Full Time RV Life – It’s Time to Unprogram

Note: The following was submitted by Jennifer Leigh at PeaceOfThePath.com

<span style=”font-weight: 400;”>Over the past few years I’ve written thousands of stories. I’m a journalist who has been tear gassed during riots in Ferguson and I’ve listened to bombs drop just miles away on the border of Syria. I’ve seen a lot. And </span><i><span style=”font-weight: 400;”>I’ve written a lot more</span></i><span style=”font-weight: 400;”>.</span>

-- HEY! Did you know you can get our weekly Open Road RV Life updates for free? Click here to sign up now.

<span style=”font-weight: 400;”>This is, however, the first story to hit my new website here at </span><i><span style=”font-weight: 400;”>Peace of the Path</span></i><span style=”font-weight: 400;”>. And I have to say… it’s an extraordinary challenge trying to figure out where to begin.</span>

<span style=”font-weight: 400;”>I suppose I’ll start with the obvious. Yes, I’m in the process of selling off everything I own to close out life as I know it and hit the road for a new life of full time RV’ing. It’s a process that is both terrifying and profoundly enlightening.</span>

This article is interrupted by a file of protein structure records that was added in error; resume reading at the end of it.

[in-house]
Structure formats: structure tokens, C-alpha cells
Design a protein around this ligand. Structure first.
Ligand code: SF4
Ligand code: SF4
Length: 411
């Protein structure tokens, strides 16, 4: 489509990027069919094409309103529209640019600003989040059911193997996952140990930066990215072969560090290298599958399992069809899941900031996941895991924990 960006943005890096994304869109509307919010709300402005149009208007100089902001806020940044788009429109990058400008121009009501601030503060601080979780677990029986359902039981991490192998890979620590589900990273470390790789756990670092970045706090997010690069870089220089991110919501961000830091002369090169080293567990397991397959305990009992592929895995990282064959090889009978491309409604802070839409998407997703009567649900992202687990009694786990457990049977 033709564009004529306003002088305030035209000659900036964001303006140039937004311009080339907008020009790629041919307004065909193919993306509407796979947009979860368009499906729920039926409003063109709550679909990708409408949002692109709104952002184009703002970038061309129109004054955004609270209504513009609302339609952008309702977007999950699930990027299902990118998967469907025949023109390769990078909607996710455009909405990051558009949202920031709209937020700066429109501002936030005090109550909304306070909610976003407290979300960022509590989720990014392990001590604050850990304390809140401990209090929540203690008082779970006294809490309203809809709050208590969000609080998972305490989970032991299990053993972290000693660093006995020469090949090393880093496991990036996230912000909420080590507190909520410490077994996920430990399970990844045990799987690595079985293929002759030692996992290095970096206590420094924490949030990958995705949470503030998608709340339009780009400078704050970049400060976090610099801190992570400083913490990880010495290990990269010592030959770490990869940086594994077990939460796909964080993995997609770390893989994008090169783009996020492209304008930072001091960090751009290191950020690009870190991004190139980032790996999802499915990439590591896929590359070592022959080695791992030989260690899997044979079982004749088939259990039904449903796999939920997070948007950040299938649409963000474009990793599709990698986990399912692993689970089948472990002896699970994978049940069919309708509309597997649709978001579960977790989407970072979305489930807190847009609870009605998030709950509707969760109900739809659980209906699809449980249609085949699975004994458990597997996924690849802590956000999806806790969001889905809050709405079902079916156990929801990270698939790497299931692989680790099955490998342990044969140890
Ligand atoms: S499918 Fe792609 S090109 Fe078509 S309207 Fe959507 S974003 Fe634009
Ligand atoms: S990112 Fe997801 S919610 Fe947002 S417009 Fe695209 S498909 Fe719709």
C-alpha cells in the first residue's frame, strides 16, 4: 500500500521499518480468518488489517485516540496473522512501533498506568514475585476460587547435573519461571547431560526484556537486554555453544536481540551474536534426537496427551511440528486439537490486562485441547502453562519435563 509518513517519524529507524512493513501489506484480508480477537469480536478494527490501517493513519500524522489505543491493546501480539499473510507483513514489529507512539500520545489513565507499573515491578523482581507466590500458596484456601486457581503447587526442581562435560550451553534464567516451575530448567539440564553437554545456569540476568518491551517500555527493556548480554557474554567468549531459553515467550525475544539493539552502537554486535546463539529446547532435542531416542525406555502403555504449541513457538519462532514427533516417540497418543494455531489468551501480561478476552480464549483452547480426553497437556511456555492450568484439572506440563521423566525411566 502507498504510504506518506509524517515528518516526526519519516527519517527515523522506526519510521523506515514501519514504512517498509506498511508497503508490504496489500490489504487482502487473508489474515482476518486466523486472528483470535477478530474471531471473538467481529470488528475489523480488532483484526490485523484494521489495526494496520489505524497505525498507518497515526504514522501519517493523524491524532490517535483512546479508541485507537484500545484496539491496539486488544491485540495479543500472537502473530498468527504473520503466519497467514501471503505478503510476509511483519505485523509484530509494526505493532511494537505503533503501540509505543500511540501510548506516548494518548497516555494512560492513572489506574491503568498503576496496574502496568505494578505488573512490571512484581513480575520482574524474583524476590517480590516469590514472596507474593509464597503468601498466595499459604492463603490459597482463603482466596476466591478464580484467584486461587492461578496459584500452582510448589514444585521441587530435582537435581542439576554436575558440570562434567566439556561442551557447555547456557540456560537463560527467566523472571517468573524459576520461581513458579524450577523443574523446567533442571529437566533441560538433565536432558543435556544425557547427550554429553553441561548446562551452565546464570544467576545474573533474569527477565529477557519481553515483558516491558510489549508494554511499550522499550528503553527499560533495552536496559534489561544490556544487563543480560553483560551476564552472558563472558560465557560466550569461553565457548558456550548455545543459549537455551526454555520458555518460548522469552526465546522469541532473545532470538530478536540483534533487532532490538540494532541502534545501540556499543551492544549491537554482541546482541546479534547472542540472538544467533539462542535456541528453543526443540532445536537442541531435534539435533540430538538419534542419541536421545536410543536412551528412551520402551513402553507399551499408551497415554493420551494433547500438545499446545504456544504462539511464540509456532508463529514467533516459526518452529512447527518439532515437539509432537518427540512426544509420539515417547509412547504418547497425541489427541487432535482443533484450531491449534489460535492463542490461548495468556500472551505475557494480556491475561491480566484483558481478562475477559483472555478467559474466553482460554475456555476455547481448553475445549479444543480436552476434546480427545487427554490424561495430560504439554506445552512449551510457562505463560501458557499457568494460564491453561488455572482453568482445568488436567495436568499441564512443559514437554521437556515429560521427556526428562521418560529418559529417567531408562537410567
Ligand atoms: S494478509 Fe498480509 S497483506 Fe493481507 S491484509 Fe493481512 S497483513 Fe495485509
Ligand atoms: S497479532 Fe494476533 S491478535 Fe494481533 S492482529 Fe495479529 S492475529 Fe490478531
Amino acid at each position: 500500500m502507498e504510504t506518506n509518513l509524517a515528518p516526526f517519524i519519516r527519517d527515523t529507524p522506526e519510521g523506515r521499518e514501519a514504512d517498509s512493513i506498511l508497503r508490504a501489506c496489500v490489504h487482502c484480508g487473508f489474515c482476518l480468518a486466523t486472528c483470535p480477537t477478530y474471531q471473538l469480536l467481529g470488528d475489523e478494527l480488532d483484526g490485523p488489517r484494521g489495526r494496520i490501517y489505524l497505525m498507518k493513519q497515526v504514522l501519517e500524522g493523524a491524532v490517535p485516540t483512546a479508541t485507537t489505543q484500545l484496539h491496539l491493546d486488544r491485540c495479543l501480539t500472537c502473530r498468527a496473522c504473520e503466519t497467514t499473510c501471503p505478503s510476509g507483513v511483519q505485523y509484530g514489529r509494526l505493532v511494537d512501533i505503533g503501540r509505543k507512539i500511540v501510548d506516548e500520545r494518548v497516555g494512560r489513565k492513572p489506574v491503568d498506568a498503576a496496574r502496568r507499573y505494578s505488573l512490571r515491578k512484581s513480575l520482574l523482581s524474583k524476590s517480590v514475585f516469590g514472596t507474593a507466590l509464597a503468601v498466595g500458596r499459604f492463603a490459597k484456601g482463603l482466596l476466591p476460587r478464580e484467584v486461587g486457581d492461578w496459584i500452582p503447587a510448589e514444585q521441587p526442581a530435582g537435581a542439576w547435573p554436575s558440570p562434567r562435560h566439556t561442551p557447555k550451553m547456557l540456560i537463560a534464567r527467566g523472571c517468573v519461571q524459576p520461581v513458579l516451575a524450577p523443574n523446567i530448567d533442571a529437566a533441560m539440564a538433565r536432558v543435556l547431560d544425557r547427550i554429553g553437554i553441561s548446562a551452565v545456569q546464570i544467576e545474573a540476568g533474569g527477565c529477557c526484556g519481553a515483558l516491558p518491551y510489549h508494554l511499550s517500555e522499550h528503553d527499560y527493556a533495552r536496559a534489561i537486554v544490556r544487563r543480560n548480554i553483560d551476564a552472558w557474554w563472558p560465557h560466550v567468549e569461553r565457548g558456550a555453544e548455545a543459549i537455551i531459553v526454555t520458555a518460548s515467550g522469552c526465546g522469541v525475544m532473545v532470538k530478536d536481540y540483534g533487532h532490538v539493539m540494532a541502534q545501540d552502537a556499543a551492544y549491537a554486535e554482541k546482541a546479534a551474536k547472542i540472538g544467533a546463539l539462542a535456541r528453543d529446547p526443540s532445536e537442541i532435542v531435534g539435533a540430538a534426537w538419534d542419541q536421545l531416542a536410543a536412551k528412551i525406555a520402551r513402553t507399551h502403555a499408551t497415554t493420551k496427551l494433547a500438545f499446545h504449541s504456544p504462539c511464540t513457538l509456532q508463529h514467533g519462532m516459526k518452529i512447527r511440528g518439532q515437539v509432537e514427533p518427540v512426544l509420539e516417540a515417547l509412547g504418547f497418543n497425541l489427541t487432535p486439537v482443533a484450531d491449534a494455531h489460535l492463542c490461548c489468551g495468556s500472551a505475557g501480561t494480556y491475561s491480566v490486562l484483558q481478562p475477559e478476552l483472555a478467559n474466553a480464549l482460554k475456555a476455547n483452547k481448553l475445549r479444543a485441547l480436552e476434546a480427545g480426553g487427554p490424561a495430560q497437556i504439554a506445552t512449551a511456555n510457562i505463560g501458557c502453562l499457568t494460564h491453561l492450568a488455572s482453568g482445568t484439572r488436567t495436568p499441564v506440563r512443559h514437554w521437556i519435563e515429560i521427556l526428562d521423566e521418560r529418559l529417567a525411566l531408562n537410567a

<span style=”font-weight: 400;”>I’m a </span><i><span style=”font-weight: 400;”>just-entering-my-thirties</span></i><span style=”font-weight: 400;”> woman with a beautiful and absolutely perfect Belgian Malinois named Ruger. He and I have been through thick and thin. We’ve had our adventures, our ups-and-downs and we both connect with each other in magical ways.</span>

<span style=”font-weight: 400;”>But while we have our adventures (both for business and pleasure) I just can’t shake a vibe that has plagued me for the better part of a year now.</span>

<span style=”font-weight: 400;”><em>I’m programmed</em>.</span>

<span style=”font-weight: 400;”>To understand what I’m about to say let’s first look at the actual definition of the word program.</span>

<strong>PROGRAM:</strong>
<ol>
<li style=”font-weight: 400;”><span style=”font-weight: 400;”>provide coded instructions for the automatic performance of a particular task.</span></li>
<li style=”font-weight: 400;”><span style=”font-weight: 400;”>arrange according to a plan or schedule.</span></li>
</ol>
<span style=”font-weight: 400;”>I’ve traveled around the world. I’ve seen the best and the worst of humanity. I’ve seen ancient ruins and climbed the heights of some of the newest, most modern buildings in the world.</span>